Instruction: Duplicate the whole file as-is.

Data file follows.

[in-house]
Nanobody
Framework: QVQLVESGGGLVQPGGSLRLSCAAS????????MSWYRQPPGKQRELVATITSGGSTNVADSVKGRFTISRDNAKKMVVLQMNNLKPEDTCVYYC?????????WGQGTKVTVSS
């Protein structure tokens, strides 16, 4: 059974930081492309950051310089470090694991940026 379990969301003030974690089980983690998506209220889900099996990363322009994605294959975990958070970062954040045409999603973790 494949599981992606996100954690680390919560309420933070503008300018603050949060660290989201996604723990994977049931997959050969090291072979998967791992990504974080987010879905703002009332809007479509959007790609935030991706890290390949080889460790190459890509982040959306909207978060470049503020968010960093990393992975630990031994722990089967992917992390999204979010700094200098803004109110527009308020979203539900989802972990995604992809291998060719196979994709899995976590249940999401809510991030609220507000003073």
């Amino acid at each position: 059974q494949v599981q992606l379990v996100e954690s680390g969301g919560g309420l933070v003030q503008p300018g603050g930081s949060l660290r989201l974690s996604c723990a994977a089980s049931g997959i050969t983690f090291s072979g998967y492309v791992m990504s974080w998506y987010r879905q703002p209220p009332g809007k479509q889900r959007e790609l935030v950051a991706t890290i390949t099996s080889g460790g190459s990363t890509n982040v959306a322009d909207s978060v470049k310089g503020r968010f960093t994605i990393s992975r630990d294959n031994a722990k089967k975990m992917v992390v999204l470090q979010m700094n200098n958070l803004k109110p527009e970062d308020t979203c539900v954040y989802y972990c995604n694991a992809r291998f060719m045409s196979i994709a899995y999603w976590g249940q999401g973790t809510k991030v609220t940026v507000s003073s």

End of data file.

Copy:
[in-house]
Nanobody
Framework: QVQLVESGGGLVQPGGSLRLSCAAS????????MSWYRQPPGKQRELVATITSGGSTNVADSVKGRFTISRDNAKKMVVLQMNNLKPEDTCVYYC?????????WGQGTKVTVSS
């Protein structure tokens, strides 16, 4: 059974930081492309950051310089470090694991940026 379990969301003030974690089980983690998506209220889900099996990363322009994605294959975990958070970062954040045409999603973790 494949599981992606996100954690680390919560309420933070503008300018603050949060660290989201996604723990994977049931997959050969090291072979998967791992990504974080987010879905703002009332809007479509959007790609935030991706890290390949080889460790190459890509982040959306909207978060470049503020968010960093990393992975630990031994722990089967992917992390999204979010700094200098803004109110527009308020979203539900989802972990995604992809291998060719196979994709899995976590249940999401809510991030609220507000003073």
């Amino acid at each position: 059974q494949v599981q992606l379990v996100e954690s680390g969301g919560g309420l933070v003030q503008p300018g603050g930081s949060l660290r989201l974690s996604c723990a994977a089980s049931g997959i050969t983690f090291s072979g998967y492309v791992m990504s974080w998506y987010r879905q703002p209220p009332g809007k479509q889900r959007e790609l935030v950051a991706t890290i390949t099996s080889g460790g190459s990363t890509n982040v959306a322009d909207s978060v470049k310089g503020r968010f960093t994605i990393s992975r630990d294959n031994a722990k089967k975990m992917v992390v999204l470090q979010m700094n200098n958070l803004k109110p527009e970062d308020t979203c539900v954040y989802y972990c995604n694991a992809r291998f060719m045409s196979i994709a899995y999603w976590g249940q999401g973790t809510k991030v609220t940026v507000s003073s």